By Stuart Burns
The price of tin has suffered the same loss of momentum seen in other base metals, as global growth has been stubbornly slow and the European debt crisis, if not worsening, at least shows no signs of getting any better. Tin's price weakness is all the more surprising when you consider the constrained nature of the supply markets, both in Indonesia and top refined-metal producer China.
Source: London Metal Exchange.
Global tin production slipped to 230,000 metric tons last year, from 244,000 tons in 2011, according to a Resource Investing News article quoting the U.S. Geological Survey. The drop in production was mainly due to new government pollution controls, lower tin prices in the first half of 2012, and lower production in China due to drought conditions. According to the article, by the middle of the year, over 100 small mines and processing operations had been shuttered in Kafang and Gejiu, Yunnan, in order to reduce pollution in the Hong and Mekong rivers.
The International Tin Research Institute (ITRI), in a recent statement, reported the closure of small mines may have been relaxed. While China's refined tin production in January-February was 21,430 tons, down by 2% compared to the same period in 2012, mine production increased by 18% to 13,329 tons, according to the latest data from China Nonferrous Industry Association. The rise in mine production is partly due to a revival in Guangxi, ITRI reports. Maybe to counterbalance the rise in domestic production, China's imports of refined tin in February were down sharply by 51% compared to January, and 69% year on -year to 1,145 tons, according to ITRI. Total refined tin imports in January-February were 3,495 tons, down by 35% year over year.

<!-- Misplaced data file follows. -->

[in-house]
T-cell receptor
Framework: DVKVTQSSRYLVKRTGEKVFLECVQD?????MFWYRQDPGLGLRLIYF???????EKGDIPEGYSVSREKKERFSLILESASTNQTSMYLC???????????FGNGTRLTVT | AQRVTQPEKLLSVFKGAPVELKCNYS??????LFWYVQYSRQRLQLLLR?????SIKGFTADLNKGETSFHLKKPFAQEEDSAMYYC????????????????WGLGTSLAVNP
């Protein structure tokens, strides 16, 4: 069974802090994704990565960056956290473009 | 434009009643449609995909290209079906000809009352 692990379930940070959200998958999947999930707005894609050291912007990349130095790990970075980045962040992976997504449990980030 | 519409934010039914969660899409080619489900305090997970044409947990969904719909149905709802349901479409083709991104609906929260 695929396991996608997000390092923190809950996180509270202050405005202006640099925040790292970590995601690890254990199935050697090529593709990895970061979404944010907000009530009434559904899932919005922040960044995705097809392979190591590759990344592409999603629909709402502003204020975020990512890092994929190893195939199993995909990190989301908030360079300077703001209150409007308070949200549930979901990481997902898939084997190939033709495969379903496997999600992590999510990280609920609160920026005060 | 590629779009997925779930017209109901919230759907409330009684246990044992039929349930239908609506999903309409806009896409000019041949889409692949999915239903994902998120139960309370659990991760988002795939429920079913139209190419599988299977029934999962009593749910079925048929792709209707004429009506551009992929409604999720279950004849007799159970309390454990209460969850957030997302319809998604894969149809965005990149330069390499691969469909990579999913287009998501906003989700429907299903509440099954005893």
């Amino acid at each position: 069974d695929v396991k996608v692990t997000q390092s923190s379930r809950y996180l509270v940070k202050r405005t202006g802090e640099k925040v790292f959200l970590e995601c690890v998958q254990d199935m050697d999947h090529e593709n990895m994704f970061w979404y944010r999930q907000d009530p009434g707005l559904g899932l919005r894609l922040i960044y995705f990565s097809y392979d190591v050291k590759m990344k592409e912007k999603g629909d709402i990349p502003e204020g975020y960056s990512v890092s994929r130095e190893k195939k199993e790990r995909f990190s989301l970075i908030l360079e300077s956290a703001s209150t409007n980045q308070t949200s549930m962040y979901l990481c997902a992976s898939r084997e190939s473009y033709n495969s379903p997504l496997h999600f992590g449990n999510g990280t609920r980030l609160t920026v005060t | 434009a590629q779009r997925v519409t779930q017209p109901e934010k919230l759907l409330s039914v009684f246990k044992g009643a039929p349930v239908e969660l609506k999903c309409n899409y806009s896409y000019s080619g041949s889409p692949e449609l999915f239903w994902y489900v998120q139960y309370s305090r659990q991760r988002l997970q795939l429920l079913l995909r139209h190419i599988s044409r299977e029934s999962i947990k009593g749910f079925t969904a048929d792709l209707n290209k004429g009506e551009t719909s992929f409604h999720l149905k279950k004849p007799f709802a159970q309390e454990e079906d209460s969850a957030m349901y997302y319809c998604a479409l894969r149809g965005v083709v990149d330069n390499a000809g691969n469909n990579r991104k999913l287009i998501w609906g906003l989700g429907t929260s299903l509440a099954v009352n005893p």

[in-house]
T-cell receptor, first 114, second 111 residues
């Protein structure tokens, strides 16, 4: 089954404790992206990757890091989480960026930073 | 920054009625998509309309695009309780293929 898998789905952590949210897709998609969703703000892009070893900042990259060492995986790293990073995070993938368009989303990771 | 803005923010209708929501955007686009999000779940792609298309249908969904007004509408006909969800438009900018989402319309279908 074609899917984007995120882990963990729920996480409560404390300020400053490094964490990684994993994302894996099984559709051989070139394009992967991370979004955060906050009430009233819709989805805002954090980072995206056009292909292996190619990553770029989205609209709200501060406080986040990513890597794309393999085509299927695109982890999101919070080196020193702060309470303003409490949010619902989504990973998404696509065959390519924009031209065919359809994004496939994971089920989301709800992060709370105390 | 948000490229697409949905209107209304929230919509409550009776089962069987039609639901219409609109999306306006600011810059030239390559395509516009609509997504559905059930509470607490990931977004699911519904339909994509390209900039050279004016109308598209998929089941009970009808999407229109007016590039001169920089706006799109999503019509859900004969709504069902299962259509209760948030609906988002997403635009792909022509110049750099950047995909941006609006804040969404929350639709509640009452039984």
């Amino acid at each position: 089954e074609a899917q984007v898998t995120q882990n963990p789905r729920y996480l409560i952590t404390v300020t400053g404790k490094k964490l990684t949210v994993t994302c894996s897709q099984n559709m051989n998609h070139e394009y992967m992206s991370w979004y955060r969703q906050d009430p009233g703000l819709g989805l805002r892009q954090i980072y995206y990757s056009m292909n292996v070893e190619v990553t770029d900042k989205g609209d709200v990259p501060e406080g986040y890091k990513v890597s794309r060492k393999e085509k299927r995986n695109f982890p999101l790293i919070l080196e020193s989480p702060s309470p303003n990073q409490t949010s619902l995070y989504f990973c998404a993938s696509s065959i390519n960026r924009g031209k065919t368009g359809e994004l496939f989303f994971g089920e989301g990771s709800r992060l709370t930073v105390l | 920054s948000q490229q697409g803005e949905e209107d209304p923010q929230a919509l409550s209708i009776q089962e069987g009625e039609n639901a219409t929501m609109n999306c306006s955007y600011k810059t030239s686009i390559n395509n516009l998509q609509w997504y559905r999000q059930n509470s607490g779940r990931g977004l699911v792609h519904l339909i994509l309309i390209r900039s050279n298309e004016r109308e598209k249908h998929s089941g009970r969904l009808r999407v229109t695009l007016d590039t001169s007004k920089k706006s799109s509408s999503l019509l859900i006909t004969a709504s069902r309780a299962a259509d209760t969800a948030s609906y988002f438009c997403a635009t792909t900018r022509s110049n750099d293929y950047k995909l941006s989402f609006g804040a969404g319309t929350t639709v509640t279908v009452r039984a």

The World Bureau of Metal Statistics paints an equally subdued picture of the market for last year, saying the tin market recorded a deficit of 2,300 tons in 2012, yet total reported stocks rose last year, ending December at 33,700 tons, 3,800 tons higher than in December 2011. Almost all recorded stocks are now held in Asia, the WBMS reports. The rise in stocks and fall in prices comes in spite of global reported production of refined metal (excluding re-processed LME metal) being down 10,200 tons in 2012, compared with 2011.
In the medium term, new uses for tin are likely to sustain demand as tin's use in electronic solder applications is tempered by rising electronic production yet lower per-appliance use. A laptop uses less than a desktop PC, and a tablet or smartphone uses even less than a laptop. Prices could find support this year from a higher Indonesian tin-purity standard, which comes into effect in July. The new benchmark could result in a 24% drop in Indonesian tin shipments this year, according to Resource Investing News sources, as the country's smelters upgrade their operations to meet it. Previous restrictions in Indonesian exports have supported prices, but with exports running above levels normally seen during the Q1 rainy season, it will require a marked turnaround in Q2 to lift prices.